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   Table of Contents - Current issue
July-December 2019
Volume 1 | Issue 2
Page Nos. 21-38

Online since Tuesday, April 28, 2020

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Analysis of incidents of fall in the patients receiving home healthcare services p. 21
Ridhima Pahwa, Punitha Singh, Gagan Kapoor, Gaurav Thukral, Prativa Talukdar, PC Joseph
Background: Incidents of fall remains the major cause of accidental and unintended injury in health care setups. Caring for patients at homecare setting comes with its own challenges and concerns. Methods: The incidents of fall reported over past 18 months in patients availing home care services from Healthcare at home from February 2018 to August 2019 was analysed to identify various risk factors involved in fall and suggestions for fall prevention were laid out in the study. Results: The fall percentage reported was 1.29% of patients served by HCAH during this tenure. The incident of fall was higher in rehabilitation services and lower in nursing services. The results show that prevalence of falling was higher among women than men between the age of 65-84 years. The highest number of falls was reported in patients suffering from neuro disorders, most of the incidents resulted due to external factors where more emphasis needs to be given on creating safe environment in the patient's home. Conclusion: Providing clinical care at home environment even makes it more difficult to control certain factors such as adequate space in the room for safe mobilization or unavailability of grab bars or presence of slippery floors or poor lightening are the majorly contributing to incidents like falls. Thus, identifying underlying risk while admitting the patient in homecare becomes the primary responsibility of the care provider.
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Caregiver satisfaction with quality of care in the pediatric medical ward of a large hospital in Botswana p. 26
Mbaakanyi Masikara, Alemayehu Mekonnen Gezmu, Merrian Brooks, Lesego Gabaitiri, Tonya Arscott-Mills
Context: Few studies in developing settings seek to determine caregivers' level of satisfaction with medical services provided for their children. High-quality medical care is associated with improved health outcomes and higher health-care utilization. Aims: We sought to understand caregiver satisfaction in the pediatric ward of a large hospital in Botswana. Settings and Design: A cross-sectional, descriptive survey was conducted in the pediatrics medical ward at a referral hospital in Gaborone, Botswana, between September and October 2017. Subjects and Methods: A cross-sectional survey was conducted on caregivers admitted with their children in the pediatric ward of a large multispecialty hospital in Botswana. A total of 250 caregivers took a modified Service Quality Instrument from September to October 2017. The quality service instrument provides expectation and perception data in two subscales and assesses the difference between expectation and perception score, or gap score, for five dimensions of medical care. Statistical Analysis Used: All data were analyzed using Statistical Package for Social Science software. Results: The mean gap scores for the cohort were all negative, showing poor satisfaction and discrepancies between expectations and perceptions. The overall mean gap score was at − 0.315 (P < 0.001). The gap scores were as follows: for tangibles, –0.372; reliability, –0.1656; responsiveness, –0.210; assurance, −0.137; and empathy, −0.198. There was a statistically significant difference between the mean gap scores of caregivers in the oncology (−0.08) and medical cohort (−0.35) (P < 0.005). Conclusions: Caregivers in the hospital with their children were dissatisfied with the quality of care their children received in each quality domain measured. Hospital and government leaders of growing health systems have an opportunity to create environments and communication that are responsive to the needs of caregivers who are partners in the care of children.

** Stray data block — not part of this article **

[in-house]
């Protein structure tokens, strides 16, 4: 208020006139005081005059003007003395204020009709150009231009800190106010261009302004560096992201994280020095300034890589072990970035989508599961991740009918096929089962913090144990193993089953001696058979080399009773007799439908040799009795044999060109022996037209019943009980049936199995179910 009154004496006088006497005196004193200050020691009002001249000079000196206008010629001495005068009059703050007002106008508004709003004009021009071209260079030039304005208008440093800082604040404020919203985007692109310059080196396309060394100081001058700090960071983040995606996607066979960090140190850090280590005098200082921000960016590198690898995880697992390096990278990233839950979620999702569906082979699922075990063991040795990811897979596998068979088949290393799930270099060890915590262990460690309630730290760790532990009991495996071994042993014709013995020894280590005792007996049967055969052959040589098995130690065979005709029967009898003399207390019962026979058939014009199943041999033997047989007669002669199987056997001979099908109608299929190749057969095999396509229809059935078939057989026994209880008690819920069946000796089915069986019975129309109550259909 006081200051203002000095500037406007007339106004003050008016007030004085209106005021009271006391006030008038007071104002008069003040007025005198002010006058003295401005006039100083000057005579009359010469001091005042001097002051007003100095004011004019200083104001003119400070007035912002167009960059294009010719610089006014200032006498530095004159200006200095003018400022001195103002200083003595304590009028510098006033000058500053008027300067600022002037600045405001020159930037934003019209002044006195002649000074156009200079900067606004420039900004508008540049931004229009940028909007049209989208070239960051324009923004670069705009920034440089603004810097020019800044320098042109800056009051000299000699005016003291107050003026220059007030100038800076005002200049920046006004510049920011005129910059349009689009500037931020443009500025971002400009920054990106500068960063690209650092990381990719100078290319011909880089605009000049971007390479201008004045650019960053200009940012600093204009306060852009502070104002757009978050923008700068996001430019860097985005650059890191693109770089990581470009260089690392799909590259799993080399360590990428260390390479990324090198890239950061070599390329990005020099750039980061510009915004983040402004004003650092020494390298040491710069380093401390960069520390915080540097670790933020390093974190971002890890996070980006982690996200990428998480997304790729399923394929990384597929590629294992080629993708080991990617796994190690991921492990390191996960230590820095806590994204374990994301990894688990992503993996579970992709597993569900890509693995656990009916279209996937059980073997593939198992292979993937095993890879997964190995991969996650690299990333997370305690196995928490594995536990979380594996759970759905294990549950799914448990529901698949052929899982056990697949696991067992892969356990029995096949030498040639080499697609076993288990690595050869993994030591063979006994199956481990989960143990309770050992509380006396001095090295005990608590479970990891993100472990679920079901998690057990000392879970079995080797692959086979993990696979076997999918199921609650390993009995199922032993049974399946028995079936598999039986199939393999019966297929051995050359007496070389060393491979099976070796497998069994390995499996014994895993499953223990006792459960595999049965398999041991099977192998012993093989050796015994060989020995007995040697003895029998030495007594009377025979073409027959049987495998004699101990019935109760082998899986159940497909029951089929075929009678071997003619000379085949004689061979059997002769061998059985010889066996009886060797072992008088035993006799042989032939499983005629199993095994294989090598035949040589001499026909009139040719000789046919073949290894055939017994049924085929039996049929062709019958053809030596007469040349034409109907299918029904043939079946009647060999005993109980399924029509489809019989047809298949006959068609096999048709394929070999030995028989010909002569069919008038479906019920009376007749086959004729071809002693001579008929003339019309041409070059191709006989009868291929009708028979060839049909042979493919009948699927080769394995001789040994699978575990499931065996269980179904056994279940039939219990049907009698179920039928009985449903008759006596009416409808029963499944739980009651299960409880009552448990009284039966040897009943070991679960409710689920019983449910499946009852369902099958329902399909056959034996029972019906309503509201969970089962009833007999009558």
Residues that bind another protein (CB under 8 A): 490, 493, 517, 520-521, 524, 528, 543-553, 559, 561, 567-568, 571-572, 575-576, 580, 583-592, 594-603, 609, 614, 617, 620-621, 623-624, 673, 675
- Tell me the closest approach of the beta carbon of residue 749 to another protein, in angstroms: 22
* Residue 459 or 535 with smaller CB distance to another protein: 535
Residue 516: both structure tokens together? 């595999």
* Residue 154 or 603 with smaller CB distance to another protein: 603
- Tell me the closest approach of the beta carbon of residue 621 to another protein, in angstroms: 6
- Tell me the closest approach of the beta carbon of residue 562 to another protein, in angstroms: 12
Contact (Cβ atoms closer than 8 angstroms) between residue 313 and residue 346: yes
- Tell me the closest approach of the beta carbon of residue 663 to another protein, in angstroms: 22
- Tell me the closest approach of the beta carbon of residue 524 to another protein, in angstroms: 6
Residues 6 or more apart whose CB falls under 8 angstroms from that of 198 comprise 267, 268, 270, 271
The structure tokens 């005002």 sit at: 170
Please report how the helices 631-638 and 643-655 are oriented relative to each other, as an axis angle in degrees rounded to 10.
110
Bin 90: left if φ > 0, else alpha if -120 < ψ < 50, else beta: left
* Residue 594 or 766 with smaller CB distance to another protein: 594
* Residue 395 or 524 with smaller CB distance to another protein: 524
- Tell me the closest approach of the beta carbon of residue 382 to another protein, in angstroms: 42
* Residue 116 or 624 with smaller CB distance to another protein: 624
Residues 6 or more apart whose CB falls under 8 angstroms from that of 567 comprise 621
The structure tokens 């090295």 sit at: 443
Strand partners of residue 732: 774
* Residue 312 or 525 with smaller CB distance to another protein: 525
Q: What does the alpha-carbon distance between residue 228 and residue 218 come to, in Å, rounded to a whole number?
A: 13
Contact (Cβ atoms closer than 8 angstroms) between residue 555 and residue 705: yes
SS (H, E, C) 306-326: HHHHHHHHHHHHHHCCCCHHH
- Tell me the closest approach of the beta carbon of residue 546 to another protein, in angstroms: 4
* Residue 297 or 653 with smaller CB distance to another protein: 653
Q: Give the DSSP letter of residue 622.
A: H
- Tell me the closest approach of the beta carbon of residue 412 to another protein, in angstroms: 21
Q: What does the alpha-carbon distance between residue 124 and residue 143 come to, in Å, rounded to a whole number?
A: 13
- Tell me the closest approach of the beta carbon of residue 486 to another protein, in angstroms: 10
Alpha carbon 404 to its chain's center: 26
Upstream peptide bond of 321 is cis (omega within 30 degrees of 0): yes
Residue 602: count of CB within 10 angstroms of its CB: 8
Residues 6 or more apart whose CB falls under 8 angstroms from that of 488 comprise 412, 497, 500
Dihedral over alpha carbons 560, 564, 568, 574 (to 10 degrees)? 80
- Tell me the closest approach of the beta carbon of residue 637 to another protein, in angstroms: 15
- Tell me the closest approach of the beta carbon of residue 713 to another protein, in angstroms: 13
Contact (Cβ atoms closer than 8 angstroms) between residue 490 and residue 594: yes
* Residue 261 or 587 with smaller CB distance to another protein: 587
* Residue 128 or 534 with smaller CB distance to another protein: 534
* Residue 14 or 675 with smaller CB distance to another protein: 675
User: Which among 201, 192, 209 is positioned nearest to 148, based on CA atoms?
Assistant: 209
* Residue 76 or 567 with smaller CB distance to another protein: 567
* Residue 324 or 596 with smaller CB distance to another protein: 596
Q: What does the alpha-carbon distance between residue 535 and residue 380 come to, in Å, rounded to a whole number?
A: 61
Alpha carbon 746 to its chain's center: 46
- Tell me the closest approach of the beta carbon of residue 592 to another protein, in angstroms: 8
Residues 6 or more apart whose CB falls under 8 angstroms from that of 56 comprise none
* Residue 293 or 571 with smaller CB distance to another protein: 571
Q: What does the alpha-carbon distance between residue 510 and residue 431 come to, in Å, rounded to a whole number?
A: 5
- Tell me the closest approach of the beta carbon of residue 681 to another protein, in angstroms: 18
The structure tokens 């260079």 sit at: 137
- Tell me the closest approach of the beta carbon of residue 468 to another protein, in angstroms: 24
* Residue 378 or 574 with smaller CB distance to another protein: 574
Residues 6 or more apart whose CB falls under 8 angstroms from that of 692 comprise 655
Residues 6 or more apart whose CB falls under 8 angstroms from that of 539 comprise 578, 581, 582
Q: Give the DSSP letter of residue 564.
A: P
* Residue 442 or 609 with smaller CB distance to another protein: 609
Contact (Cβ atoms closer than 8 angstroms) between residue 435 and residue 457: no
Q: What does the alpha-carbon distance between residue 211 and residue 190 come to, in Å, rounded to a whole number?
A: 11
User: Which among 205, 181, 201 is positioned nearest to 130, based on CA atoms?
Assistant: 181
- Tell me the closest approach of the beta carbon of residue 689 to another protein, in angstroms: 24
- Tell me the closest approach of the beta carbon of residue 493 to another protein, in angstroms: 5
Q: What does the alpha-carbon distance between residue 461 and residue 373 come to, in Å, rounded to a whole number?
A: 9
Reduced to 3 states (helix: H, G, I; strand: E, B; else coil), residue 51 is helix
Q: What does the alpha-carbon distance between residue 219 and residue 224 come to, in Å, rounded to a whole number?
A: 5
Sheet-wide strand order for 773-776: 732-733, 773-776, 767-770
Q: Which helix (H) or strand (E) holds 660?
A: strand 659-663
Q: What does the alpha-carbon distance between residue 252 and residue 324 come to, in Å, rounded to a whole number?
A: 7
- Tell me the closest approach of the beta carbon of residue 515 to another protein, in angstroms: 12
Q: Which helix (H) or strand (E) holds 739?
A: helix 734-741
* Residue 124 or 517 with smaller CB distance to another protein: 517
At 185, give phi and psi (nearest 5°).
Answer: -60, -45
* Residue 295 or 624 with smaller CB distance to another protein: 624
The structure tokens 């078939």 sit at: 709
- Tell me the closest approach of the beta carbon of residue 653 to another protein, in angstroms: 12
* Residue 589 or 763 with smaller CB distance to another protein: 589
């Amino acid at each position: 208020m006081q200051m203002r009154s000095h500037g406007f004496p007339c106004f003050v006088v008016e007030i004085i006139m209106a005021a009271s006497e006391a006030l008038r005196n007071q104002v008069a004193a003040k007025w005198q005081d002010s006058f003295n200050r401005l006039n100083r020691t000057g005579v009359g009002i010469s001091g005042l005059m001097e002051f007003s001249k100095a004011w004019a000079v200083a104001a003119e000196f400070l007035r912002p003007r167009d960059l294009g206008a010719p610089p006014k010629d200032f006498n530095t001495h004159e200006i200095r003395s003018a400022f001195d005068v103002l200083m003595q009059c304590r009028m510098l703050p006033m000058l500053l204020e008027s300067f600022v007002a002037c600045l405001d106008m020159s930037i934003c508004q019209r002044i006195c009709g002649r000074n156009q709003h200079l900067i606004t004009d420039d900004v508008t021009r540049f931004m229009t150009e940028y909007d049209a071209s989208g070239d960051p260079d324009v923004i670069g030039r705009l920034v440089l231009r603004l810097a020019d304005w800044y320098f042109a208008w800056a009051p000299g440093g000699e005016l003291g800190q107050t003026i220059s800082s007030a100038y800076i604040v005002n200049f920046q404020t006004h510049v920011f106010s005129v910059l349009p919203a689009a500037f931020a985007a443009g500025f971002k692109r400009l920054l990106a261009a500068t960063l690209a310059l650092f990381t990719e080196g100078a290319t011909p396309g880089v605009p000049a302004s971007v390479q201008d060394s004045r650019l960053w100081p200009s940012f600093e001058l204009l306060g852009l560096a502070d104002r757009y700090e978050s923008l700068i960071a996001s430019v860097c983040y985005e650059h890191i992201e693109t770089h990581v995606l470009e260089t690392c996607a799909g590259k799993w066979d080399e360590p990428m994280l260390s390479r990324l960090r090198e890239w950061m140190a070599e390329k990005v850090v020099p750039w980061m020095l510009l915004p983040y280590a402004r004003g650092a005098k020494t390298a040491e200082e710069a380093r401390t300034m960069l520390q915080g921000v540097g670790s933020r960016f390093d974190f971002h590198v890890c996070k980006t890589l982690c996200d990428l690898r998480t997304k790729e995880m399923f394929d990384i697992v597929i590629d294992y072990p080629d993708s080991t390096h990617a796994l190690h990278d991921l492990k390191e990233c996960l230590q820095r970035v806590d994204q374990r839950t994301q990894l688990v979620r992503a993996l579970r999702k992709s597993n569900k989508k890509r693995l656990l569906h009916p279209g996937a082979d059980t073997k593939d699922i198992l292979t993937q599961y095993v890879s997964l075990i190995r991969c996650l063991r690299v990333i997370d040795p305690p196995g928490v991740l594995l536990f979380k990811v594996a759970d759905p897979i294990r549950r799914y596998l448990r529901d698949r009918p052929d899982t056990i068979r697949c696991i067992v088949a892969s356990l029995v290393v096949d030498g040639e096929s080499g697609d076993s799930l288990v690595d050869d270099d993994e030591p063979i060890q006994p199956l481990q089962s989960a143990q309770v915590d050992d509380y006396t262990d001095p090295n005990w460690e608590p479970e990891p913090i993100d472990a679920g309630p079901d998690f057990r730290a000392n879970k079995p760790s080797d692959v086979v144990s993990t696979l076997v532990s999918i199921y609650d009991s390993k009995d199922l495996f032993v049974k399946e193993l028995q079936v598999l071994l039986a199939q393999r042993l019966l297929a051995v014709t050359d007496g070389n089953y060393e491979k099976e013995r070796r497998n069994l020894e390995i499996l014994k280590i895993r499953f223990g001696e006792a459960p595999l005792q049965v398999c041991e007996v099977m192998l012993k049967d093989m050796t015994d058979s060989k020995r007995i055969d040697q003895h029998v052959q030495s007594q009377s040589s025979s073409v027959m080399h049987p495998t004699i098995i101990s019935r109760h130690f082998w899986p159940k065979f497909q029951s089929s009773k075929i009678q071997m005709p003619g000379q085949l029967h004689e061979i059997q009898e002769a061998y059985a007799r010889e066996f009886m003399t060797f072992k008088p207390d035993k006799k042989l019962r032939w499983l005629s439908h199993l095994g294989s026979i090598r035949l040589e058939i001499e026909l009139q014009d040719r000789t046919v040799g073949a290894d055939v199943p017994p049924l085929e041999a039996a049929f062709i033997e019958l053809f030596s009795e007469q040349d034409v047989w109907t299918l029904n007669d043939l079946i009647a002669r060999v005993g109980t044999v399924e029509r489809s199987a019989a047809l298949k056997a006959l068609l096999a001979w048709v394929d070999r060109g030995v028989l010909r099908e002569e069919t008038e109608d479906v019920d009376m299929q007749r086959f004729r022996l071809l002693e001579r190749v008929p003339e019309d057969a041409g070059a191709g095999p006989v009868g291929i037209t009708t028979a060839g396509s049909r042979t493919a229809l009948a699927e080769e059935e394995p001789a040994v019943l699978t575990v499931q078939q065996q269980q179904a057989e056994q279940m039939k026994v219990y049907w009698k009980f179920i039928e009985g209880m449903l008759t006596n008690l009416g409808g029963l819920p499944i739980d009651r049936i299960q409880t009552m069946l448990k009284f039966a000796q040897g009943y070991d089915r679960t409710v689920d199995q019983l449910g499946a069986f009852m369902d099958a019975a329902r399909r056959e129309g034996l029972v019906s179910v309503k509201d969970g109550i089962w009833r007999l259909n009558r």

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Improvement of platelet supply by the project research quality control circle and win-win team model in a hematological department p. 32
Qianli Jiang, Chengpu Yu, Leyi Chen, Xiaorui Cui, Yanyan Chai, Zhengyuan Wang, Quanfeng Chen, Maoyu Qin, Maoyuan Wang, Wenyuan Li, Tingfang Liu
Objective: Platelet is a crucial medical resource to ensure the quality and patient safety in healthcare. A project research Quality Control Circle (prQCC) was applied to this platelet shortage challenge in a level 3 Grade A hospital of South China. Materials and Methods: (1) A prQCC team was established based on the win-win team model. (2) By system diagram analyzing, the prQCC focused on improving the donation of the society. (3) The differences between regular donors and ordinary volunteers were analyzed using questionnaires, and four strategies were integrated and implemented according to the analysis of the requirements from donors and volunteers. (4) The platelet supply as well as tangible and intangible achievements were collected and evaluated. Results: More donors were recruited, including 313 ordinary volunteers and 76 regular donors, 226 units of platelets were donated directly. The platelet supply in the department of hematology has increased to 121.95% (from 4792 to 5844 units) versus 105.56% (from 9488.5 to 10016 units) in the hospital. Each participant of this prQCC benefited from tangible and intangible achievements, with a closed win-win loop formed. Conclusions: The prQCC is an efficient tool to improve platelet supply; and the win-win team model is also potentially useful in other areas of quality in healthcare, and thereafter worth spreading.
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